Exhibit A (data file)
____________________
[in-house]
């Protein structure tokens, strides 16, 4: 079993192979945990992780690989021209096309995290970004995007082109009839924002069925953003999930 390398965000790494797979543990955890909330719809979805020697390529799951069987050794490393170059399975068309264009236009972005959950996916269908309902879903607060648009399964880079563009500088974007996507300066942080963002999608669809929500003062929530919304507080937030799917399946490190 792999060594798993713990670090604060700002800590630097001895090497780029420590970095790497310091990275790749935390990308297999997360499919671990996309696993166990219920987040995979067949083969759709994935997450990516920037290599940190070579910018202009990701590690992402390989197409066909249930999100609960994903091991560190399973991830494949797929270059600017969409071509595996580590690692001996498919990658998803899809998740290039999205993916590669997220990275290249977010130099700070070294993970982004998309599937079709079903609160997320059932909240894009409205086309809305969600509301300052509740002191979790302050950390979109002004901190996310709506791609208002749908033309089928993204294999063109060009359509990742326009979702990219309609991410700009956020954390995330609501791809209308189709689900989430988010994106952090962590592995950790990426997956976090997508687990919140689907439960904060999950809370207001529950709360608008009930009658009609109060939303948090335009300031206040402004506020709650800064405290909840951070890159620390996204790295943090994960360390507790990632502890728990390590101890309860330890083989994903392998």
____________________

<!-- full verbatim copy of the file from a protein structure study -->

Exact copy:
[in-house]
């Protein structure tokens, strides 16, 4: 079993192979945990992780690989021209096309995290970004995007082109009839924002069925953003999930 390398965000790494797979543990955890909330719809979805020697390529799951069987050794490393170059399975068309264009236009972005959950996916269908309902879903607060648009399964880079563009500088974007996507300066942080963002999608669809929500003062929530919304507080937030799917399946490190 792999060594798993713990670090604060700002800590630097001895090497780029420590970095790497310091990275790749935390990308297999997360499919671990996309696993166990219920987040995979067949083969759709994935997450990516920037290599940190070579910018202009990701590690992402390989197409066909249930999100609960994903091991560190399973991830494949797929270059600017969409071509595996580590690692001996498919990658998803899809998740290039999205993916590669997220990275290249977010130099700070070294993970982004998309599937079709079903609160997320059932909240894009409205086309809305969600509301300052509740002191979790302050950390979109002004901190996310709506791609208002749908033309089928993204294999063109060009359509990742326009979702990219309609991410700009956020954390995330609501791809209308189709689900989430988010994106952090962590592995950790990426997956976090997508687990919140689907439960904060999950809370207001529950709360608008009930009658009609109060939303948090335009300031206040402004506020709650800064405290909840951070890159620390996204790295943090994960360390507790990632502890728990390590101890309860330890083989994903392998």